Finding Time to Prioritize Healthy Meals for a Family

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Leah Webb

Managing chronic illness requires a large investment of energy that can often overextend our resources. One of such resources that I have found to be particularly limiting is time – time spent performing treatments and therapies, cleaning and sterilizing equipment, doctor’s visits, and my personal favorite time sink – phone calls to insurance companies, pharmacies, and physicians. But as we all know, disease management doesn’t stop with the medical logistics, it extends into a self-care regimen that includes adequate sleep, stress management, exercise, and preparing healthy meals. This can all feel like entirely too much work for one individual, but luckily there are ways to simplify our lives and make space for the practices and rituals that really matter.

Having my daughter and learning that she had CF was a huge motivator is learning to better manage my time. The first year after her diagnosis was, by far, filled with the most challenges. We had just moved into a smaller home and I was learning to balance life with a second child, work, and CF. I spent most of that first year feeling like I was constantly behind and barely keeping afloat under an overwhelming work load. It had also become clear that this smaller house meant less space, yet I had crammed our personal belongings from the larger house into every nook and cranny. Cleaning my home was much like a real-life Tetris experience as I maneuvered each item perfectly into its slot.


Less is More
I stumbled upon a book, The Joy of Less: A Minimalist Guide to Declutter, Organize, and Simplify, and this book turned out to be a catalyst for major change. Minimalist principles vary from teacher to teacher, but the general idea is that the possession of material goods requires a time commitment – time spent working to pay for goods, reading reviews, choosing a superior product, disposing of the packaging, and then cleaning and caring for that possession. The question then becomes, “are these goods worth your time or are these goods a time sink preventing you from living your best life?”

I’ll admit that I’m a novice when it comes to decluttering. Both my husband and I have home offices for jobs that require quite a bit of stuff to complete those jobs well (he’s a videographer with tons of equipment, and I’m an health and wellness author with more than my fair share of food photography props and kitchen gadgets), but I will say that I’ve whittled down our material possessions to what I feel is a manageable bounty. Our kids have very few toys, none of us own an excessive amount of clothing, we have the minimum amount of furniture in each room, and with some exceptions, I don’t own a lot of repeat goods; I try to keep possessions to a minimum.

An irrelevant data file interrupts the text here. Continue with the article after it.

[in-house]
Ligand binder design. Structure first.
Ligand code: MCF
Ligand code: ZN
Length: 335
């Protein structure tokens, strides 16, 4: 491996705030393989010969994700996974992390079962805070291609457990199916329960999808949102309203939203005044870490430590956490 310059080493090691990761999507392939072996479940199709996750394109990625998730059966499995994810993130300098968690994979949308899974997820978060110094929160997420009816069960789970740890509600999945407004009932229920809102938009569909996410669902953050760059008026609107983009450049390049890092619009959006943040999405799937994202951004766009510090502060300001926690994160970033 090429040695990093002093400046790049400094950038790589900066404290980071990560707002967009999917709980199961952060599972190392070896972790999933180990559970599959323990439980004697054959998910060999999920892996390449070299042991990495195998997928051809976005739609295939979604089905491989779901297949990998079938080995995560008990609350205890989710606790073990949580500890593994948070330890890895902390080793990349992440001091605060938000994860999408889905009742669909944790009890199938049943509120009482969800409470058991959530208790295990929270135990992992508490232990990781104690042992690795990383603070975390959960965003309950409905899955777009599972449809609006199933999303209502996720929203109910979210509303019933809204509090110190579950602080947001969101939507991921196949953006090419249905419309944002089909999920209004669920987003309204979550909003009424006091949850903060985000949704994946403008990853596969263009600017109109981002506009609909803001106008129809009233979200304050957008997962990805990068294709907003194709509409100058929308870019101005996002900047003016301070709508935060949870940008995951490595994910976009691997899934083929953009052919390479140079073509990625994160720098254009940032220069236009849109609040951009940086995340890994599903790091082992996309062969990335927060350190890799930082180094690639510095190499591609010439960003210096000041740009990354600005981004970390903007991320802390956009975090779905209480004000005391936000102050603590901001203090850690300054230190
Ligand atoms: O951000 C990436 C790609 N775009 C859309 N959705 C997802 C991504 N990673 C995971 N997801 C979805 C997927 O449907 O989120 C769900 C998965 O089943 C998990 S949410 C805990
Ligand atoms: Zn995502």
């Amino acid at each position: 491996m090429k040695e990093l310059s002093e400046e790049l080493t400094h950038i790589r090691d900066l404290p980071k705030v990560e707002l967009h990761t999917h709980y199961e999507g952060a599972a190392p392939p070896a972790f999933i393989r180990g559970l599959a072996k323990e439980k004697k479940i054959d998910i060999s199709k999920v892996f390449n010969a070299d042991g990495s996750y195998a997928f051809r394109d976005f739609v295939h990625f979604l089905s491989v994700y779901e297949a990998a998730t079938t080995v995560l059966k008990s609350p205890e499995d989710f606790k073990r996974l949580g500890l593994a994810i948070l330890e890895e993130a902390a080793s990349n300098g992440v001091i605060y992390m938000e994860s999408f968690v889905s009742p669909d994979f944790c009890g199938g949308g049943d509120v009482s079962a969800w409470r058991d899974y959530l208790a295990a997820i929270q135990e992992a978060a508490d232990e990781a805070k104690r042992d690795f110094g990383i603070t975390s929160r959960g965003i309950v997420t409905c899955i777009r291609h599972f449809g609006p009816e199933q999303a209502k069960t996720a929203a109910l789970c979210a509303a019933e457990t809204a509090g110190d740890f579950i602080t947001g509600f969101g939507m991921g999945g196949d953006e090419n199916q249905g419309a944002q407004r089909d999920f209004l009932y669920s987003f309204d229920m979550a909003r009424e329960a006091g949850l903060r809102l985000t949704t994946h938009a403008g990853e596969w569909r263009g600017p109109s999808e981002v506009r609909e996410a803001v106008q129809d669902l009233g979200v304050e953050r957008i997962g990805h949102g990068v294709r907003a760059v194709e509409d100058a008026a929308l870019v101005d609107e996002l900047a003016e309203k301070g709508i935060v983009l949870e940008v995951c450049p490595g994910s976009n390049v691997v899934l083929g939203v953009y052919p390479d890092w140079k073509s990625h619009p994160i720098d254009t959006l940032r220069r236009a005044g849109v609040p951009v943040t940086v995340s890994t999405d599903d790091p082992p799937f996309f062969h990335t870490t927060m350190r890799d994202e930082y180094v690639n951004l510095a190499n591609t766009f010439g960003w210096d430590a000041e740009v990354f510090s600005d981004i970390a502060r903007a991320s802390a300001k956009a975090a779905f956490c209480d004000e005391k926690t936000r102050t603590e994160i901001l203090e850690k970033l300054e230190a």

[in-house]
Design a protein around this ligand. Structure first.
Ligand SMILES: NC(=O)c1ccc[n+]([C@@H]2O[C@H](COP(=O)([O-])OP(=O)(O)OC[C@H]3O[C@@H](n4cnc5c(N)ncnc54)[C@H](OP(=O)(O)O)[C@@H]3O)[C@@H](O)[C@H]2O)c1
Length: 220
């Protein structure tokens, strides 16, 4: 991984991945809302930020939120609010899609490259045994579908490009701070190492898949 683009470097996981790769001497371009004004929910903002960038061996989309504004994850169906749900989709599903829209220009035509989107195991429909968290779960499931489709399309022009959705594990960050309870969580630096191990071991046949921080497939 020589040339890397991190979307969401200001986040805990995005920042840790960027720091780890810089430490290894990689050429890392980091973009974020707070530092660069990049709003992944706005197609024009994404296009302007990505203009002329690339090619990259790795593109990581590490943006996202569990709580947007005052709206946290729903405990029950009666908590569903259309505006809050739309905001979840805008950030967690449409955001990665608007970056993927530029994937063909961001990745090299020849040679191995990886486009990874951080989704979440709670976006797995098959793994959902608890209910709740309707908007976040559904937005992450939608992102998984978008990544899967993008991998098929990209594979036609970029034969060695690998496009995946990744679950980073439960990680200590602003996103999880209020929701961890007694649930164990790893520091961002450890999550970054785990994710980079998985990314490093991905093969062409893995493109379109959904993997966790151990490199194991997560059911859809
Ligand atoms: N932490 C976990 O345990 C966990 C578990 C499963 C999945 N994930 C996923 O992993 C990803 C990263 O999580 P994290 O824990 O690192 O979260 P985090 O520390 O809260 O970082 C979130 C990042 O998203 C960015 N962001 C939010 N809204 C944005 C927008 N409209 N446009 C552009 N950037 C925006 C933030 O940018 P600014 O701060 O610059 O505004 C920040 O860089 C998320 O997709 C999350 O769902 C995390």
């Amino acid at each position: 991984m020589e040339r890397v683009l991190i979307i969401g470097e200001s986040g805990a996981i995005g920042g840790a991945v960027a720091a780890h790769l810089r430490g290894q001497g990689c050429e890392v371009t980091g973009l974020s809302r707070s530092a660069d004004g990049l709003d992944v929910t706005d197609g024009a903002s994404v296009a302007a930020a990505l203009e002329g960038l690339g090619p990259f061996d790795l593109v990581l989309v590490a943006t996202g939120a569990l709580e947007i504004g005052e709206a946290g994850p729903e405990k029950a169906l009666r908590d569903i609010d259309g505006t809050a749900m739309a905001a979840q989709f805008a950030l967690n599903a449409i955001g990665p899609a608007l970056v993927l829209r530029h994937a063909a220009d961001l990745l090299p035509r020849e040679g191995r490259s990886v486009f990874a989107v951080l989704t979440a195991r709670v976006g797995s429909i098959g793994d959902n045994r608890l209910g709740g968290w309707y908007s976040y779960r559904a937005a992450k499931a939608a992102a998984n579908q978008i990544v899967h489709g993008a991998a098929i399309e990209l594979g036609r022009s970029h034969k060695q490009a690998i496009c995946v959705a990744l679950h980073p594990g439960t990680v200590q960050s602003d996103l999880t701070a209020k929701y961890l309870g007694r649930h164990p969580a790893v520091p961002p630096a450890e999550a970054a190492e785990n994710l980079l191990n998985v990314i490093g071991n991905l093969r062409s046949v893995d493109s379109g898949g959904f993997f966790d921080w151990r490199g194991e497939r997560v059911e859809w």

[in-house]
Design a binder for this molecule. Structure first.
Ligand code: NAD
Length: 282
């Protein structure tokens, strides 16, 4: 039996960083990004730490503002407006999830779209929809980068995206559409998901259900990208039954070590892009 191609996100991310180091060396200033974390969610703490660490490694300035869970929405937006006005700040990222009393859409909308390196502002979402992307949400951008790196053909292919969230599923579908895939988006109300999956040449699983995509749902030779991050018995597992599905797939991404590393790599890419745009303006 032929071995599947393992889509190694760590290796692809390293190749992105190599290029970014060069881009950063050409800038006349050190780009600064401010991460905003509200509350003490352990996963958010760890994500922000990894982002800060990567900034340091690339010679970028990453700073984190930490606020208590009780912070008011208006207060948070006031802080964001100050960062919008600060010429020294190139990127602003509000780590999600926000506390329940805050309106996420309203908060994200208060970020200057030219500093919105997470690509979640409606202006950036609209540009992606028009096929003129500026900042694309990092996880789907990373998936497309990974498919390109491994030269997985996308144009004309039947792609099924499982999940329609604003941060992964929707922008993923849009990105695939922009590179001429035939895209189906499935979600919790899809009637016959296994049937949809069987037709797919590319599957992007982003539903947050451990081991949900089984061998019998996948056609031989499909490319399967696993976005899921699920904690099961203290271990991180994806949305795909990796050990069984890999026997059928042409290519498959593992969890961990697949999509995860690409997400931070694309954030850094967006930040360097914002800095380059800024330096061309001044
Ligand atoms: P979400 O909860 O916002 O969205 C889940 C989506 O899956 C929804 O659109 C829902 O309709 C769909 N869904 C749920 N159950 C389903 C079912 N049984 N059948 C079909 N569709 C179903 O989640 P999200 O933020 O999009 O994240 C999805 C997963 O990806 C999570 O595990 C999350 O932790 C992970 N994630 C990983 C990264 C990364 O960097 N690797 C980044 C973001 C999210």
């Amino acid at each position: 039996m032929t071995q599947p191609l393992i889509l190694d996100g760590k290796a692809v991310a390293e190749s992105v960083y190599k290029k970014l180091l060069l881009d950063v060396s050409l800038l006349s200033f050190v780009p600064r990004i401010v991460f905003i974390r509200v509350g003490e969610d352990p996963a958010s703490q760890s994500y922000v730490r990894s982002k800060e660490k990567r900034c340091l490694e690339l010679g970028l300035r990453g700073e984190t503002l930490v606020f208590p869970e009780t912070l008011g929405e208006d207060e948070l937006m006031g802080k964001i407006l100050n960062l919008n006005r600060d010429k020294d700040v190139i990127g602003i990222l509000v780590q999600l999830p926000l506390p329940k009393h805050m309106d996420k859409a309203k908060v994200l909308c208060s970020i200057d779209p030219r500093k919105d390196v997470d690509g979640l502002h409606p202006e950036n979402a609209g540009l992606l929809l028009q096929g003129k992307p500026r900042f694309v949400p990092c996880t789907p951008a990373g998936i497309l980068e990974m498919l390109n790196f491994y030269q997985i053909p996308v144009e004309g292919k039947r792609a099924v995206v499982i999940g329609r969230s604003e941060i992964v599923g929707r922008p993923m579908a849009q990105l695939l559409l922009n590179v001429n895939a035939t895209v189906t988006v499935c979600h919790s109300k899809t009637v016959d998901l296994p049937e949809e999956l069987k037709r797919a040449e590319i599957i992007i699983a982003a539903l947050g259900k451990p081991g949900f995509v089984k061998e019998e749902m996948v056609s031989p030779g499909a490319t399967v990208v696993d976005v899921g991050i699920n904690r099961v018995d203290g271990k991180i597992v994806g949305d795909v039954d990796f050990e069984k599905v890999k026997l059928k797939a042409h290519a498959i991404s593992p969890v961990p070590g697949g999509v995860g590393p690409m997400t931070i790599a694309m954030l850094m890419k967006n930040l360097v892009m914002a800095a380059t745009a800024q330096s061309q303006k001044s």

Simplifying our material belongings took quite a bit of time and it’s a continual work in progress. New items are constantly making their way into our home, especially since we have young kids, which means old items have to make their way out if we’re to keep the system in balance. 

The surprising/not-so-surprising benefit that came from reducing our material possessions was that I freed up a great deal of time. With far fewer possessions, especially toys, cleaning my home became a task that suddenly took a fraction of the time it had previously taken. Not only that, but with a more manageable amount of stuff, the kids could more easily participate in the cleaning without feeling overwhelmed by the task at hand. Less stuff meant more time for what really mattered.


Prioritizing Real Food
As a health coach and someone who has worked in public health, I feel strongly that diet should play an integral role in the care of any individual suffering from chronic disease. But time constraints are often a major challenge for people when it comes to preparing healthy meals and convenience foods are just that, convenient. One of my goals for decluttering our life was to make time to prepare real foods for almost every meal of the day – a task that feels nearly impossible in today’s busy world. However, I stopped saying that I didn’t have time for real food and instead started saying that I wasn’t prioritizing real food. The truth is that we make time for what matters, and food was something that mattered to me, especially given my daughter’s condition.

I won’t go into the numerous reasons that it’s worth making time for real food, but I think we can all agree that many convenience foods are of poor quality. A research study published earlier this month stated that diet is now responsible for more worldwide deaths than any other lifestyle risk factor, including smoking (Source: “Health effects of dietary risks in 195 countries, 1990-2017: a systematic analysis for the Global Burden of Disease Study”, The Lancet, 2019). My family certainly has our own set of convenience foods that we use on a fairly regular basis, but I love that I can have more control over a meal’s ingredient list when I take the time to prepare foods from scratch. Not only that, but I’m saving quite a bit of money by cooking from scratch rather than trying to purchase better quality packaged foods.